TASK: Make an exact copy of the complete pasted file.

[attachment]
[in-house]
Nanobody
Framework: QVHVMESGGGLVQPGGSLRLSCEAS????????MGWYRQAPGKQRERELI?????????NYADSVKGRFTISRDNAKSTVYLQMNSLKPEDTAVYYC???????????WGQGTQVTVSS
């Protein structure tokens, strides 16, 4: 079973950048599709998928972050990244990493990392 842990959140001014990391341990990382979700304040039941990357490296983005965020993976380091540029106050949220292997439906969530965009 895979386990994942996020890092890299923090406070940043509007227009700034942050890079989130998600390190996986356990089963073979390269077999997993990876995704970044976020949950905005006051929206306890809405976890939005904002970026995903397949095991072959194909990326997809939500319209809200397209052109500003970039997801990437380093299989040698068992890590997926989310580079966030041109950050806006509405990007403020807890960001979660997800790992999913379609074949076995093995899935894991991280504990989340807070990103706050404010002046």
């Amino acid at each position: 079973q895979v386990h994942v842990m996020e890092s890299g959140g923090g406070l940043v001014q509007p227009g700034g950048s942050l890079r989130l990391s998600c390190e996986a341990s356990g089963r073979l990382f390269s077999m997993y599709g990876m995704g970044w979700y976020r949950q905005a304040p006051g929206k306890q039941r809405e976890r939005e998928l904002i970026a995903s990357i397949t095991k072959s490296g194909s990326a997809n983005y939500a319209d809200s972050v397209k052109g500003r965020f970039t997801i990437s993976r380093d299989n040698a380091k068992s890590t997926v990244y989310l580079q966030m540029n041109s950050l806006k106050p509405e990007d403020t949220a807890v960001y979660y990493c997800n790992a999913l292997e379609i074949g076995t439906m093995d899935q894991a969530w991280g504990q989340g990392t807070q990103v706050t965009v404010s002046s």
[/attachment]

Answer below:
[in-house]
Nanobody
Framework: QVHVMESGGGLVQPGGSLRLSCEAS????????MGWYRQAPGKQRERELI?????????NYADSVKGRFTISRDNAKSTVYLQMNSLKPEDTAVYYC???????????WGQGTQVTVSS
């Protein structure tokens, strides 16, 4: 079973950048599709998928972050990244990493990392 842990959140001014990391341990990382979700304040039941990357490296983005965020993976380091540029106050949220292997439906969530965009 895979386990994942996020890092890299923090406070940043509007227009700034942050890079989130998600390190996986356990089963073979390269077999997993990876995704970044976020949950905005006051929206306890809405976890939005904002970026995903397949095991072959194909990326997809939500319209809200397209052109500003970039997801990437380093299989040698068992890590997926989310580079966030041109950050806006509405990007403020807890960001979660997800790992999913379609074949076995093995899935894991991280504990989340807070990103706050404010002046």
């Amino acid at each position: 079973q895979v386990h994942v842990m996020e890092s890299g959140g923090g406070l940043v001014q509007p227009g700034g950048s942050l890079r989130l990391s998600c390190e996986a341990s356990g089963r073979l990382f390269s077999m997993y599709g990876m995704g970044w979700y976020r949950q905005a304040p006051g929206k306890q039941r809405e976890r939005e998928l904002i970026a995903s990357i397949t095991k072959s490296g194909s990326a997809n983005y939500a319209d809200s972050v397209k052109g500003r965020f970039t997801i990437s993976r380093d299989n040698a380091k068992s890590t997926v990244y989310l580079q966030m540029n041109s950050l806006k106050p509405e990007d403020t949220a807890v960001y979660y990493c997800n790992a999913l292997e379609i074949g076995t439906m093995d899935q894991a969530w991280g504990q989340g990392t807070q990103v706050t965009v404010s002046s």